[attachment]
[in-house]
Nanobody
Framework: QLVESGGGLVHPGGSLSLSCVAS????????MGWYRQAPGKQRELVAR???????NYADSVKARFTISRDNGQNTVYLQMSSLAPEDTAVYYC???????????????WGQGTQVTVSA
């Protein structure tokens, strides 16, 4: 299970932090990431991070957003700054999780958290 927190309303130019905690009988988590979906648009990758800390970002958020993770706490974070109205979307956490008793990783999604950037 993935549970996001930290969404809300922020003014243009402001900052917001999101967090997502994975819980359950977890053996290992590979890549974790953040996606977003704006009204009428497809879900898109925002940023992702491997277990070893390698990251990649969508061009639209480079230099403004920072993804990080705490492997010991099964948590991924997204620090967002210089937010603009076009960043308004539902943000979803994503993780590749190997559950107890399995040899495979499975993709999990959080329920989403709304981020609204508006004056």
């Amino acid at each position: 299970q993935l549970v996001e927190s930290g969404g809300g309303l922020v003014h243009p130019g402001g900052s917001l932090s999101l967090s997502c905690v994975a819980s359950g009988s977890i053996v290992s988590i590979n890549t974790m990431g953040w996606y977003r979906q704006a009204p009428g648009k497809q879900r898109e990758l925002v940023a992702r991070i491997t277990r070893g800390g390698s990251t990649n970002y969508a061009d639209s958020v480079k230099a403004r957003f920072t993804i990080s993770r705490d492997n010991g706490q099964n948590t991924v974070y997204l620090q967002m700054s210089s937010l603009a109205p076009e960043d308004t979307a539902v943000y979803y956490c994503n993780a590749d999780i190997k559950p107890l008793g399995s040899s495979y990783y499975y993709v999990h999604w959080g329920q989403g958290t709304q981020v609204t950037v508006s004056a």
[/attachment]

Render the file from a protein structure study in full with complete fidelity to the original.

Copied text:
[in-house]
Nanobody
Framework: QLVESGGGLVHPGGSLSLSCVAS????????MGWYRQAPGKQRELVAR???????NYADSVKARFTISRDNGQNTVYLQMSSLAPEDTAVYYC???????????????WGQGTQVTVSA
């Protein structure tokens, strides 16, 4: 299970932090990431991070957003700054999780958290 927190309303130019905690009988988590979906648009990758800390970002958020993770706490974070109205979307956490008793990783999604950037 993935549970996001930290969404809300922020003014243009402001900052917001999101967090997502994975819980359950977890053996290992590979890549974790953040996606977003704006009204009428497809879900898109925002940023992702491997277990070893390698990251990649969508061009639209480079230099403004920072993804990080705490492997010991099964948590991924997204620090967002210089937010603009076009960043308004539902943000979803994503993780590749190997559950107890399995040899495979499975993709999990959080329920989403709304981020609204508006004056």
């Amino acid at each position: 299970q993935l549970v996001e927190s930290g969404g809300g309303l922020v003014h243009p130019g402001g900052s917001l932090s999101l967090s997502c905690v994975a819980s359950g009988s977890i053996v290992s988590i590979n890549t974790m990431g953040w996606y977003r979906q704006a009204p009428g648009k497809q879900r898109e990758l925002v940023a992702r991070i491997t277990r070893g800390g390698s990251t990649n970002y969508a061009d639209s958020v480079k230099a403004r957003f920072t993804i990080s993770r705490d492997n010991g706490q099964n948590t991924v974070y997204l620090q967002m700054s210089s937010l603009a109205p076009e960043d308004t979307a539902v943000y979803y956490c994503n993780a590749d999780i190997k559950p107890l008793g399995s040899s495979y990783y499975y993709v999990h999604w959080g329920q989403g958290t709304q981020v609204t950037v508006s004056a």